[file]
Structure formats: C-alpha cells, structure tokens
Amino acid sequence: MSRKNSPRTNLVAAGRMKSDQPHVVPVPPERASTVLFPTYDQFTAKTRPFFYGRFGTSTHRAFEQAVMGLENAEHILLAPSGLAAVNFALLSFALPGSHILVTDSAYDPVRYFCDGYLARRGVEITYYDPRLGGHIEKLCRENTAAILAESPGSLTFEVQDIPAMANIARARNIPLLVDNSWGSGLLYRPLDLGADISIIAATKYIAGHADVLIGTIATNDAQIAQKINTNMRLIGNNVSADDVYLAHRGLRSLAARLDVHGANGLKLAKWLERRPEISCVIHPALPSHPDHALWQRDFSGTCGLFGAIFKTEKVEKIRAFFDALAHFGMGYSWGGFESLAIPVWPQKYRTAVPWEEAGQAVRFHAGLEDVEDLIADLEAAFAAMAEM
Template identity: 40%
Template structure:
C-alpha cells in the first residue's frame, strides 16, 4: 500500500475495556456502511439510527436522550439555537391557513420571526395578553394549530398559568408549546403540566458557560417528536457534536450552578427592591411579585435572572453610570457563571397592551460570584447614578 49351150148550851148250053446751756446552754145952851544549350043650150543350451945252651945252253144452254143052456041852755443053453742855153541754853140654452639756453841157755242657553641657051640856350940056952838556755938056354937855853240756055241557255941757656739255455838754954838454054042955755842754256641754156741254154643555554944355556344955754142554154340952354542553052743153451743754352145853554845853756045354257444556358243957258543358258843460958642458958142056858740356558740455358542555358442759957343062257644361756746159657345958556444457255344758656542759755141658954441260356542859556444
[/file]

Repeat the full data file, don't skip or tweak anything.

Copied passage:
Structure formats: C-alpha cells, structure tokens
Amino acid sequence: MSRKNSPRTNLVAAGRMKSDQPHVVPVPPERASTVLFPTYDQFTAKTRPFFYGRFGTSTHRAFEQAVMGLENAEHILLAPSGLAAVNFALLSFALPGSHILVTDSAYDPVRYFCDGYLARRGVEITYYDPRLGGHIEKLCRENTAAILAESPGSLTFEVQDIPAMANIARARNIPLLVDNSWGSGLLYRPLDLGADISIIAATKYIAGHADVLIGTIATNDAQIAQKINTNMRLIGNNVSADDVYLAHRGLRSLAARLDVHGANGLKLAKWLERRPEISCVIHPALPSHPDHALWQRDFSGTCGLFGAIFKTEKVEKIRAFFDALAHFGMGYSWGGFESLAIPVWPQKYRTAVPWEEAGQAVRFHAGLEDVEDLIADLEAAFAAMAEM
Template identity: 40%
Template structure:
C-alpha cells in the first residue's frame, strides 16, 4: 500500500475495556456502511439510527436522550439555537391557513420571526395578553394549530398559568408549546403540566458557560417528536457534536450552578427592591411579585435572572453610570457563571397592551460570584447614578 49351150148550851148250053446751756446552754145952851544549350043650150543350451945252651945252253144452254143052456041852755443053453742855153541754853140654452639756453841157755242657553641657051640856350940056952838556755938056354937855853240756055241557255941757656739255455838754954838454054042955755842754256641754156741254154643555554944355556344955754142554154340952354542553052743153451743754352145853554845853756045354257444556358243957258543358258843460958642458958142056858740356558740455358542555358442759957343062257644361756746159657345958556444457255344758656542759755141658954441260356542859556444